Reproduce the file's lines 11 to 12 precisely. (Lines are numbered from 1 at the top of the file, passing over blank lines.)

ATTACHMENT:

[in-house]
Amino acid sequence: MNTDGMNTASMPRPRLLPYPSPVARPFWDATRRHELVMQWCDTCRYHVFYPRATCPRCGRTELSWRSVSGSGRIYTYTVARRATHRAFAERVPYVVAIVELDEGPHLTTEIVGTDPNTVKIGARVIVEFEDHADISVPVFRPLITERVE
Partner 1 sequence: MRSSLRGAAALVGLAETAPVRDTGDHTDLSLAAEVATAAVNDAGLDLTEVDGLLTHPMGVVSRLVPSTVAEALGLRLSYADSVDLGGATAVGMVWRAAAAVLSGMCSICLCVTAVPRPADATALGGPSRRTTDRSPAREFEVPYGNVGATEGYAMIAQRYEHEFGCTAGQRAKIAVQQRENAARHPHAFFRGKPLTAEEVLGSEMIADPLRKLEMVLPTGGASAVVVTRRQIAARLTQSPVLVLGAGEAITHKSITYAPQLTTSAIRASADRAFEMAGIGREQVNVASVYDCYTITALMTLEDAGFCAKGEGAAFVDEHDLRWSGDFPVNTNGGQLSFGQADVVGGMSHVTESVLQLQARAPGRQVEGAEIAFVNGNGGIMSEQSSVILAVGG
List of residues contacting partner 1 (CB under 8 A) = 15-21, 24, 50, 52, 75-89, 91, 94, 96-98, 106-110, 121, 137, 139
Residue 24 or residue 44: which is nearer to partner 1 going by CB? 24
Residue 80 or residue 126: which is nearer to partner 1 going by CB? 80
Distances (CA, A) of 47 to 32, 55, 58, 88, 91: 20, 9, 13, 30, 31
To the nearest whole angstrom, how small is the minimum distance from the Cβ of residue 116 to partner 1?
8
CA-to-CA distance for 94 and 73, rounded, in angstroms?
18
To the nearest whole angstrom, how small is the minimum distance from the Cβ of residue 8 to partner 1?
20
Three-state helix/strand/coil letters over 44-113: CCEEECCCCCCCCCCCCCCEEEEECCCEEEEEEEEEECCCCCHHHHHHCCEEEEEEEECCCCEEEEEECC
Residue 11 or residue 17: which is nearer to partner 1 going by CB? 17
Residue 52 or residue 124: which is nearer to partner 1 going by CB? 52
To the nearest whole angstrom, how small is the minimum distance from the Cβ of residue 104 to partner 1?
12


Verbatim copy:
18
To the nearest whole angstrom, how small is the minimum distance from the Cβ of residue 8 to partner 1?